When Scrunched Up Faces Reveal Secret Fears
She is laughing so hard that the sound ricochets up the steps.
|(Not my daughter.) Photo Credit:Alpha Chen, Creative Commons, cc license
“Oh no,” she giggles in surprise and glee, “oh no.” And the squealed laughter and mirth bubble up from deep within her. My daughter’s laughter is known for being unrestrainable, uncontainable, and loud. Her delight is infectious, and her laughs and guffaws fill a room.
Silence now shuffles across the downstairs and glides noiselessly upstairs to where my husband and I are working. Computer keys tap staccato and night falls navy twilight through the deck door glass. Two firs loom tall, mirrored in glassy reflections of a yellow lit-kitchen behind me.
Taped to the wooden pantry door is a curling paper of names. Names of scientists, surgeons, musicians, artists, political leaders, and actors mingle near journalists and writers. Names like Alexander Graham Bell, Thomas Edison, Albert Einstein, Pablo Picasso, Leonardo Da Vinci, John Lennon, Woodrow Wilson, George Washington, Walt Disney, Agatha Christie, Orlando Bloom, Cher, Greg Louganis, and Henry Ford are just a few. Famous People with the Gift of Dyslexia, the article caption reads, and I’ve taped it there as an encouragement for my family. My teens scoff slightly at the term “gift” and wonder some days if that is true. Dyslexia runs in our family, and we have only just recently been learning more about it, and finding ways to use the strengths that come with it to offset the challenges that it brings as well. For those on a spectrum of dyslexia, it just means their brain took a different route for reading.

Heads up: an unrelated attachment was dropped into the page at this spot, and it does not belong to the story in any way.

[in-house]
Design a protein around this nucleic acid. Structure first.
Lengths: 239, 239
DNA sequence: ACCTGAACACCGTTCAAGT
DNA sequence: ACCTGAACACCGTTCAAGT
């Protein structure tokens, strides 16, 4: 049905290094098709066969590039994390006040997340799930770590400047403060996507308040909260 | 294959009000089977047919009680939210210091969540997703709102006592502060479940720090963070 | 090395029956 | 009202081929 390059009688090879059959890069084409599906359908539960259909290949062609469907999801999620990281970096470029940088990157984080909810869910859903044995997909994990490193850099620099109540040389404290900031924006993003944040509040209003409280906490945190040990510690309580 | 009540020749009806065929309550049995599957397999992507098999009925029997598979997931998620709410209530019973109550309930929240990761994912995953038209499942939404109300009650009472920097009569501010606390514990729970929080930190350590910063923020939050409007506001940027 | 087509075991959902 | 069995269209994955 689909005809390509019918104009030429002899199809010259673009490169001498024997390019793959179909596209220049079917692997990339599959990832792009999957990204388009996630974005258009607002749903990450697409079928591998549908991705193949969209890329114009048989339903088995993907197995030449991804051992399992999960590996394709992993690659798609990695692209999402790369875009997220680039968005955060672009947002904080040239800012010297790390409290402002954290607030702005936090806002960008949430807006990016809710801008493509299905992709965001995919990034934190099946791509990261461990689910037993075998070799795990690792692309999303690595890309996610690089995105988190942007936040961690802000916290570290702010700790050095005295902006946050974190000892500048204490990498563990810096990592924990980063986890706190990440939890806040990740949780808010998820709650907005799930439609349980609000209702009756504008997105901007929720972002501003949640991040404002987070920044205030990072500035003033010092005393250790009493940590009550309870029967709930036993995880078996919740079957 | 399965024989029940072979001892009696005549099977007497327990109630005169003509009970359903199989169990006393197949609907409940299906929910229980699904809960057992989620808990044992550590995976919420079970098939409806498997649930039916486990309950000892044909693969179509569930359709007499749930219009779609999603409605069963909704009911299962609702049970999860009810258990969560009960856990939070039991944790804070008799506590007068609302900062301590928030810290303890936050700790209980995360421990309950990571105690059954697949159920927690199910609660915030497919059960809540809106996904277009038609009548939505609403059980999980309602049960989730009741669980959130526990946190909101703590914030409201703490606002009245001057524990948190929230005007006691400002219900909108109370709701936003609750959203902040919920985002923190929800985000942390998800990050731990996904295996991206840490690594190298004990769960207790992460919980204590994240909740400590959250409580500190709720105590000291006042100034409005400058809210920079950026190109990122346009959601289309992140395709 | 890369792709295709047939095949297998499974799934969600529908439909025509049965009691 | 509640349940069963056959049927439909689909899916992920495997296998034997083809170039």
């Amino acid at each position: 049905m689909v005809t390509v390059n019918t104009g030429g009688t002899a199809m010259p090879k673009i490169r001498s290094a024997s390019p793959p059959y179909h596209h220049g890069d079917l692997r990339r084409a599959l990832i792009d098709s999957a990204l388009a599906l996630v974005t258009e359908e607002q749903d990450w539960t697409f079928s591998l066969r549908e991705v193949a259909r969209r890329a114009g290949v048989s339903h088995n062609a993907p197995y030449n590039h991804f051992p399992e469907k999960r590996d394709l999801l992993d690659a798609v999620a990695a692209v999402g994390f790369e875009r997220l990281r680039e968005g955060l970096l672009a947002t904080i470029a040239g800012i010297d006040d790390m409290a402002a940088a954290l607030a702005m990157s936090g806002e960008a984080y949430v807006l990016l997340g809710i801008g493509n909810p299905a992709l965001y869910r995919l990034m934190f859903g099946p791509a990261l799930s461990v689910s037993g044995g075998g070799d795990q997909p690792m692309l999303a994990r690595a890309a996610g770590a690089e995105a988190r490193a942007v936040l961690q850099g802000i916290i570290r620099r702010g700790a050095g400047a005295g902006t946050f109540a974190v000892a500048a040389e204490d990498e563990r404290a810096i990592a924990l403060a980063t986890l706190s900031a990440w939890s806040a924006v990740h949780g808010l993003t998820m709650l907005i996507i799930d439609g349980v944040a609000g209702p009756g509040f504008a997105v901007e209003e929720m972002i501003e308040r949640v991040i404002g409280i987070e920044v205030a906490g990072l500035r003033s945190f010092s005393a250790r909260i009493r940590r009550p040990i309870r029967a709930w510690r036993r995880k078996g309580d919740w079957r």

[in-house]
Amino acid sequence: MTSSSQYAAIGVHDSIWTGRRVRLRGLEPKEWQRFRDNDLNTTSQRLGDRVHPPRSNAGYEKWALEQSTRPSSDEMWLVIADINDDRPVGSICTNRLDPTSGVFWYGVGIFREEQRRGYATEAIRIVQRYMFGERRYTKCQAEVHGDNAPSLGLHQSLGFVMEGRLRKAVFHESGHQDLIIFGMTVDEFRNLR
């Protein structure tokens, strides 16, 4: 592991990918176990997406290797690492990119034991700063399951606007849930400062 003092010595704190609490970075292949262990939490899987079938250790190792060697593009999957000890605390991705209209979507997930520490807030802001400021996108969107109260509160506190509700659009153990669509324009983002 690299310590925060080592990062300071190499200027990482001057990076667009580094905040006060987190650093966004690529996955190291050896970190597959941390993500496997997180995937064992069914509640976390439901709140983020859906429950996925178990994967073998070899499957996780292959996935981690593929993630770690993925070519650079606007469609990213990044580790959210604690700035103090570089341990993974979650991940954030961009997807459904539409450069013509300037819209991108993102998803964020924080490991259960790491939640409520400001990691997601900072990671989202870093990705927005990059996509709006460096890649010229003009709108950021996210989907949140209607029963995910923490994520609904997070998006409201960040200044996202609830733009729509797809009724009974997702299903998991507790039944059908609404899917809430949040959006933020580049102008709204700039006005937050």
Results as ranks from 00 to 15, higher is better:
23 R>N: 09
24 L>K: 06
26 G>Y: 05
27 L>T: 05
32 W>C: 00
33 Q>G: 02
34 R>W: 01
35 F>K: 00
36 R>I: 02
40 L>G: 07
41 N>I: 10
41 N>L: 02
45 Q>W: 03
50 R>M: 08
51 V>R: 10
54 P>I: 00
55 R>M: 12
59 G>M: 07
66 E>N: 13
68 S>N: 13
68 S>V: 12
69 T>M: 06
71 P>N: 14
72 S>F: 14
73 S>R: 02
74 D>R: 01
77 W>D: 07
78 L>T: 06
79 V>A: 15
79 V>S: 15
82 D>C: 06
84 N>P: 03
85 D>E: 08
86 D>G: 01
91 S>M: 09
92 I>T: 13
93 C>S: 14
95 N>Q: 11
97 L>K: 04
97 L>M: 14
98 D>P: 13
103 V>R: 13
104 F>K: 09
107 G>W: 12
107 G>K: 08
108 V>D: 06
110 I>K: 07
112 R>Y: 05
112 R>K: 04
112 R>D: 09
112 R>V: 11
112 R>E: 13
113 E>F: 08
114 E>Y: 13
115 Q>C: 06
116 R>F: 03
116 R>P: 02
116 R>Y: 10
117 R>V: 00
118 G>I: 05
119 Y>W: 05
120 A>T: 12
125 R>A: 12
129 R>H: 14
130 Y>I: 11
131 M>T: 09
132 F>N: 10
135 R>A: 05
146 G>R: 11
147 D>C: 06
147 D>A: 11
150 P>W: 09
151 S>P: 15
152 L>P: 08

As a mom who is learning more about this –both the advantages and the challenges of dyslexia– I ache at times with the hurt and uncertainty I see ripple across my loved one’s faces. Even though research is showing that people with dyslexia problem-solve better, remember details of stories longer, and can think outside the box in wildly creative ways, it doesn’t change the anxiety that can sometimes spring up.
These facts and my words bring no comfort some days, and I watch it crumple across their faces, or scrunch up behind deep brown eyes that pool in hurt or scowl in protective anger. Their fear that they are not enough, not capable, not smart hurts my heart and wakes me up some nights.
Because whether loved ones in our lives approach reading differently, or see the world uniquely in other ways, the results are the same. We get to stand beside them, and point them to the truths. “You are strong, capable, talented, determined, and intelligent — yes, intelligent! You are so valuable and loved. And you are created by an Artist God who loves you and has great plans for you– for your joy and for his glory.”
Her laughter has died down now, and it must be a quieter part of the show. She is one of the many loved ones in my life that I am so lucky to know. Her love of life and her zeal rise up around her, and her hard work to teach herself drawing and Mandarin Chinese impress and amaze me.
The two tall firs have disappeared into velvety blackness now, and the sound of computer keys grows still. Hidden by the night, the trees continue growing silently.